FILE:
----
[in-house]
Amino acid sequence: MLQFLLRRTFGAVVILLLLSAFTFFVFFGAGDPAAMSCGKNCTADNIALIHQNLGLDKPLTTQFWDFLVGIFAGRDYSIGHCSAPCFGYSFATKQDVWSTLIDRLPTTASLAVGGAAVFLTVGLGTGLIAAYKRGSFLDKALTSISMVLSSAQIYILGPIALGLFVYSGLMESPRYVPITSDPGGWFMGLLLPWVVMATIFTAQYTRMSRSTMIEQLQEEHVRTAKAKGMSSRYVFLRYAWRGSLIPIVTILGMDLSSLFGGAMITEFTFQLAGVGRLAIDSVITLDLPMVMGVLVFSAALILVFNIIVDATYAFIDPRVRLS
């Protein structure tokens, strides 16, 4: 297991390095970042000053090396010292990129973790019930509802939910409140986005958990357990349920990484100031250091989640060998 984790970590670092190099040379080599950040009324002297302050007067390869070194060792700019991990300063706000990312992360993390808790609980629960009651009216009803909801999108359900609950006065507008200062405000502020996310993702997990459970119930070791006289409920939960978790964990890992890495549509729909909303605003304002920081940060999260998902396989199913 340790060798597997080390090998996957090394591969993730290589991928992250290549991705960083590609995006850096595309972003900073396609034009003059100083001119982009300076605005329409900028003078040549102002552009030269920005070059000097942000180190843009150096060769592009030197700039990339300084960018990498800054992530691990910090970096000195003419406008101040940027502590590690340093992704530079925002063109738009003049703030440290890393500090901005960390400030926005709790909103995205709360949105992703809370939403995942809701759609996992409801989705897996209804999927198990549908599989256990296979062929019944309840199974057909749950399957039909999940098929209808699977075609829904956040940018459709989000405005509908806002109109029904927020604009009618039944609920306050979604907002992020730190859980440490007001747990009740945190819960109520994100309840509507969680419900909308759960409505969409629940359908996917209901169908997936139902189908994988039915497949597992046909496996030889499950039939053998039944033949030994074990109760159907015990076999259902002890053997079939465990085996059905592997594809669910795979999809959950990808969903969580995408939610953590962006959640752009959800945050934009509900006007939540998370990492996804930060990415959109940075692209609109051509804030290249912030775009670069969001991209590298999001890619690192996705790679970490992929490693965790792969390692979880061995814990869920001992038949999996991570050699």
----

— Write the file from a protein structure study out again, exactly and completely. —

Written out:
[in-house]
Amino acid sequence: MLQFLLRRTFGAVVILLLLSAFTFFVFFGAGDPAAMSCGKNCTADNIALIHQNLGLDKPLTTQFWDFLVGIFAGRDYSIGHCSAPCFGYSFATKQDVWSTLIDRLPTTASLAVGGAAVFLTVGLGTGLIAAYKRGSFLDKALTSISMVLSSAQIYILGPIALGLFVYSGLMESPRYVPITSDPGGWFMGLLLPWVVMATIFTAQYTRMSRSTMIEQLQEEHVRTAKAKGMSSRYVFLRYAWRGSLIPIVTILGMDLSSLFGGAMITEFTFQLAGVGRLAIDSVITLDLPMVMGVLVFSAALILVFNIIVDATYAFIDPRVRLS
């Protein structure tokens, strides 16, 4: 297991390095970042000053090396010292990129973790019930509802939910409140986005958990357990349920990484100031250091989640060998 984790970590670092190099040379080599950040009324002297302050007067390869070194060792700019991990300063706000990312992360993390808790609980629960009651009216009803909801999108359900609950006065507008200062405000502020996310993702997990459970119930070791006289409920939960978790964990890992890495549509729909909303605003304002920081940060999260998902396989199913 340790060798597997080390090998996957090394591969993730290589991928992250290549991705960083590609995006850096595309972003900073396609034009003059100083001119982009300076605005329409900028003078040549102002552009030269920005070059000097942000180190843009150096060769592009030197700039990339300084960018990498800054992530691990910090970096000195003419406008101040940027502590590690340093992704530079925002063109738009003049703030440290890393500090901005960390400030926005709790909103995205709360949105992703809370939403995942809701759609996992409801989705897996209804999927198990549908599989256990296979062929019944309840199974057909749950399957039909999940098929209808699977075609829904956040940018459709989000405005509908806002109109029904927020604009009618039944609920306050979604907002992020730190859980440490007001747990009740945190819960109520994100309840509507969680419900909308759960409505969409629940359908996917209901169908997936139902189908994988039915497949597992046909496996030889499950039939053998039944033949030994074990109760159907015990076999259902002890053997079939465990085996059905592997594809669910795979999809959950990808969903969580995408939610953590962006959640752009959800945050934009509900006007939540998370990492996804930060990415959109940075692209609109051509804030290249912030775009670069969001991209590298999001890619690192996705790679970490992929490693965790792969390692979880061995814990869920001992038949999996991570050699």